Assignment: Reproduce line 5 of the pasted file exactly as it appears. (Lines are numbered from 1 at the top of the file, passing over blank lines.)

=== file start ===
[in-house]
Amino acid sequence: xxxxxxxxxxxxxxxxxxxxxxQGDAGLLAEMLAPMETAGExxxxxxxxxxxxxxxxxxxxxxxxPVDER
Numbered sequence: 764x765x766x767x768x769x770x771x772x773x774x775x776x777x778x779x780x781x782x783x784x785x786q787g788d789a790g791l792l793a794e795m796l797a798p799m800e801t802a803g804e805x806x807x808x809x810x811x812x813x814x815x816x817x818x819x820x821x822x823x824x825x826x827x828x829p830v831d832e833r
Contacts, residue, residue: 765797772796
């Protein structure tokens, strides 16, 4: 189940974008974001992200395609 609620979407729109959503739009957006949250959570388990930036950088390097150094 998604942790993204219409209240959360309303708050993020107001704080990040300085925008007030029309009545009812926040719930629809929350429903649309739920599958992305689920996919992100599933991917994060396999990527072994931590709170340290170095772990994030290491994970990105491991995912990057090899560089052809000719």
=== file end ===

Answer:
């Protein structure tokens, strides 16, 4: 189940974008974001992200395609 609620979407729109959503739009957006949250959570388990930036950088390097150094 998604942790993204219409209240959360309303708050993020107001704080990040300085925008007030029309009545009812926040719930629809929350429903649309739920599958992305689920996919992100599933991917994060396999990527072994931590709170340290170095772990994030290491994970990105491991995912990057090899560089052809000719």